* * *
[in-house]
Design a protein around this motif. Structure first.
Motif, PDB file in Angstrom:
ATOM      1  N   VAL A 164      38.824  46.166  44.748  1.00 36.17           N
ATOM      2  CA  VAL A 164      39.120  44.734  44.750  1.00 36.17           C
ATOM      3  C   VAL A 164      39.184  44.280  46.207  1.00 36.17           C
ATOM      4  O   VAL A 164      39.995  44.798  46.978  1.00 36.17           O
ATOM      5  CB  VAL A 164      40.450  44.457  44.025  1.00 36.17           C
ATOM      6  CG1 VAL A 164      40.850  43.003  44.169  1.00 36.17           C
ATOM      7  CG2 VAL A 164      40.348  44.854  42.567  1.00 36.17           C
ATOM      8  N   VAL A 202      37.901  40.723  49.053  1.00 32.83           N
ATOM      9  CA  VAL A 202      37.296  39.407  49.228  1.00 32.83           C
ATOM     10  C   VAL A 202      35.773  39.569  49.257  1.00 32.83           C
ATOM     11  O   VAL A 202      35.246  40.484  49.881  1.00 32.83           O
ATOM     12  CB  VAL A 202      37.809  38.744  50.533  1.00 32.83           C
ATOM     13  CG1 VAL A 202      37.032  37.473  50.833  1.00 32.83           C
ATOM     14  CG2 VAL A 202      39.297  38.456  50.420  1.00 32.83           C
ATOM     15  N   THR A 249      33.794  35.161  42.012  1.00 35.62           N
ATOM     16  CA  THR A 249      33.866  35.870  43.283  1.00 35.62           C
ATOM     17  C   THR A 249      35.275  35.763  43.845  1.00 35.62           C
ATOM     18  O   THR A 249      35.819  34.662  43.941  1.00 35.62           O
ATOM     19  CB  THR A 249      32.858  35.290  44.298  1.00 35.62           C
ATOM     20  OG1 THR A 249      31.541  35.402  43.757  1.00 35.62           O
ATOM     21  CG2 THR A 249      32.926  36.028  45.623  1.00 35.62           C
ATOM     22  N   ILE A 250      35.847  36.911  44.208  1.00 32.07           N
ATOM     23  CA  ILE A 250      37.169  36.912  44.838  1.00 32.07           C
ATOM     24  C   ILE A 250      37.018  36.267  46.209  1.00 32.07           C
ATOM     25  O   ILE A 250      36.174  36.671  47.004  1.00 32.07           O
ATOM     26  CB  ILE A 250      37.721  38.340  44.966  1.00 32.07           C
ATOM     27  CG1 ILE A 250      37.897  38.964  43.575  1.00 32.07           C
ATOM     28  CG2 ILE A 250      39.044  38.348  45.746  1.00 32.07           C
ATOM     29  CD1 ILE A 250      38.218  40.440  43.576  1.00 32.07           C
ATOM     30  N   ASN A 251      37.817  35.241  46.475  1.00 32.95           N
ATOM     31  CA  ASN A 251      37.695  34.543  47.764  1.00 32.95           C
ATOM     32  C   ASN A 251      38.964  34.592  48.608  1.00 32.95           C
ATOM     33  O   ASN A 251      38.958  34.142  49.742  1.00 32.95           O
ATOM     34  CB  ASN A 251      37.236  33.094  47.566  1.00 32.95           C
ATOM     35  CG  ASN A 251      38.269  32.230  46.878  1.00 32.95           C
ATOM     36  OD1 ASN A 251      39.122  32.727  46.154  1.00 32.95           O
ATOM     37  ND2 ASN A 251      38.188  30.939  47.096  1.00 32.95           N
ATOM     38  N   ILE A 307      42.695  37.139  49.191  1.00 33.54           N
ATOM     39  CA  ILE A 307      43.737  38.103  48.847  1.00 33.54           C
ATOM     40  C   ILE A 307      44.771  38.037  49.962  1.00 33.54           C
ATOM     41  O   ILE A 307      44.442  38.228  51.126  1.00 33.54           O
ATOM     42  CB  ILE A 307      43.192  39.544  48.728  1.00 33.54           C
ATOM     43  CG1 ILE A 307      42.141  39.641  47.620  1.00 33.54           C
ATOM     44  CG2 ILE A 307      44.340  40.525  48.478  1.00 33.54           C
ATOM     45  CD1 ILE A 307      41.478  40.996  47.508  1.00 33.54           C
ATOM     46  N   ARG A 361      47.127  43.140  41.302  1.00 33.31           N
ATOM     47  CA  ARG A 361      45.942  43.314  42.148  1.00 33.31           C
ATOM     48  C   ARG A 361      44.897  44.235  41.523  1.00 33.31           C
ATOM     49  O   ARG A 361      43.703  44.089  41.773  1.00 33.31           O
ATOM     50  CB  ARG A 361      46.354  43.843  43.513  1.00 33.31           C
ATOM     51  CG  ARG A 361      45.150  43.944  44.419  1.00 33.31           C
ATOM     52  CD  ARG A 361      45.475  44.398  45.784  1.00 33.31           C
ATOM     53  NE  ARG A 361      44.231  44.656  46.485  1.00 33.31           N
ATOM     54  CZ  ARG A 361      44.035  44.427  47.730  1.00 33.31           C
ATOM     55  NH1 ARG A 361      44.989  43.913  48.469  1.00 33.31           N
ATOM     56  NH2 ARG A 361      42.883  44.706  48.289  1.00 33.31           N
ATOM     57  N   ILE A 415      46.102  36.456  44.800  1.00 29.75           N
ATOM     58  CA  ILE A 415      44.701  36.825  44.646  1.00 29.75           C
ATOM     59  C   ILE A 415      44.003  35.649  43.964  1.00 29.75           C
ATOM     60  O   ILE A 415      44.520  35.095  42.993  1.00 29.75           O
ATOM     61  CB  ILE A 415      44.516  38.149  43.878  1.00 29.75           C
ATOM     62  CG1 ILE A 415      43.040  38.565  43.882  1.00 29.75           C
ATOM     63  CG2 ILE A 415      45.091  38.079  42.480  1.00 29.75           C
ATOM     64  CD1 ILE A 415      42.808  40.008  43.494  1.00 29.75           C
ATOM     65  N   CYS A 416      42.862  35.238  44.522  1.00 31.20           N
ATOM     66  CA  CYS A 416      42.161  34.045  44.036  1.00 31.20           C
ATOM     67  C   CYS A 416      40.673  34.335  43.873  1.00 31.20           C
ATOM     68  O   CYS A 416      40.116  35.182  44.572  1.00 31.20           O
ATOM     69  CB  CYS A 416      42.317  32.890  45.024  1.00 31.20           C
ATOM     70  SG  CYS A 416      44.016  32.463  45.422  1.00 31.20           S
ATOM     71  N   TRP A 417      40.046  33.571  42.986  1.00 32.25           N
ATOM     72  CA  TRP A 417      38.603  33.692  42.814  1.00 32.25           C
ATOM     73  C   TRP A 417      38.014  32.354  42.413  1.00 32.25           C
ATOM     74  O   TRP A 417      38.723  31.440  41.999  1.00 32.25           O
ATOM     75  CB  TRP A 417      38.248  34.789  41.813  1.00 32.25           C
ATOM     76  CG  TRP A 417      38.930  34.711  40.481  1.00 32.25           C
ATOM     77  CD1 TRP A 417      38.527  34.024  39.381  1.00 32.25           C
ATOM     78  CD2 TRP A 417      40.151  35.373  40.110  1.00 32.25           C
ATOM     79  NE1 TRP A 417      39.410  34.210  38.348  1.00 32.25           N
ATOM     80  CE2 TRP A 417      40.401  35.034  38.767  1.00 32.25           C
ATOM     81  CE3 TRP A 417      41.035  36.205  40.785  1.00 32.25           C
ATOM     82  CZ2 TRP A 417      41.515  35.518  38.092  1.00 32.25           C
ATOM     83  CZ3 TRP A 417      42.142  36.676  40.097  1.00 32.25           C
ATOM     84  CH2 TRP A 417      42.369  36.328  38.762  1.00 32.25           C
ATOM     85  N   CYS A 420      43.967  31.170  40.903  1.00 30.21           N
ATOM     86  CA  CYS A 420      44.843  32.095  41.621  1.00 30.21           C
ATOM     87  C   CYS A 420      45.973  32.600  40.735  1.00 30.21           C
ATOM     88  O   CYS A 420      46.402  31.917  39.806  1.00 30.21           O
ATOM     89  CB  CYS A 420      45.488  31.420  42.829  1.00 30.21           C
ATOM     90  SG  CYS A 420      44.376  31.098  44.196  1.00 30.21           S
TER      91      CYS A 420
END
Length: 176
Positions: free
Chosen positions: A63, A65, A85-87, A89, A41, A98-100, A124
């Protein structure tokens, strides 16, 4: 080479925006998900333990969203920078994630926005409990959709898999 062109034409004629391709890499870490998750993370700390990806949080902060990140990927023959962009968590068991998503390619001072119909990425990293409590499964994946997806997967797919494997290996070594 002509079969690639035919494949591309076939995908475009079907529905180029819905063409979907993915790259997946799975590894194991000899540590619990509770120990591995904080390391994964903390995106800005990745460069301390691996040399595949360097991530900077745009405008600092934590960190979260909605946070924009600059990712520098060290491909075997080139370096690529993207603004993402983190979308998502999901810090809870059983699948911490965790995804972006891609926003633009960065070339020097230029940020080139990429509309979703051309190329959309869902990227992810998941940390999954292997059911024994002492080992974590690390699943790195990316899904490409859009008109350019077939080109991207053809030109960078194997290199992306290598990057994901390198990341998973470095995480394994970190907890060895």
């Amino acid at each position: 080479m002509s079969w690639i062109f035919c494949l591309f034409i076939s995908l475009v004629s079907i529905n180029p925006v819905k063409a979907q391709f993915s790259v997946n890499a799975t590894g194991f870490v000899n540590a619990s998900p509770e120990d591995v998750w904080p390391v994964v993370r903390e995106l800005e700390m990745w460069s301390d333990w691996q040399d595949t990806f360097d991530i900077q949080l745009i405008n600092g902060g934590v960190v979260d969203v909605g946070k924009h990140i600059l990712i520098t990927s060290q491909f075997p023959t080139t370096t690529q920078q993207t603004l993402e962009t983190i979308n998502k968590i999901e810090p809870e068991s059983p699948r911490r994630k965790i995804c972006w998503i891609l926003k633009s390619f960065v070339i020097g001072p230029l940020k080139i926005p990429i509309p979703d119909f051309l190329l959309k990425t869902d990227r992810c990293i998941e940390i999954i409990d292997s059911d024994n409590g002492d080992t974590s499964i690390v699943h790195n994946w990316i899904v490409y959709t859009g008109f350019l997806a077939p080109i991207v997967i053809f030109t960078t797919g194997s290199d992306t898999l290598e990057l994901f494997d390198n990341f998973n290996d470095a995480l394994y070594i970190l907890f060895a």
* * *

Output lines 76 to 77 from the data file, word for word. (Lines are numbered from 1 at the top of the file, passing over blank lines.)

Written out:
ATOM     73  C   TRP A 417      38.014  32.354  42.413  1.00 32.25           C
ATOM     74  O   TRP A 417      38.723  31.440  41.999  1.00 32.25           O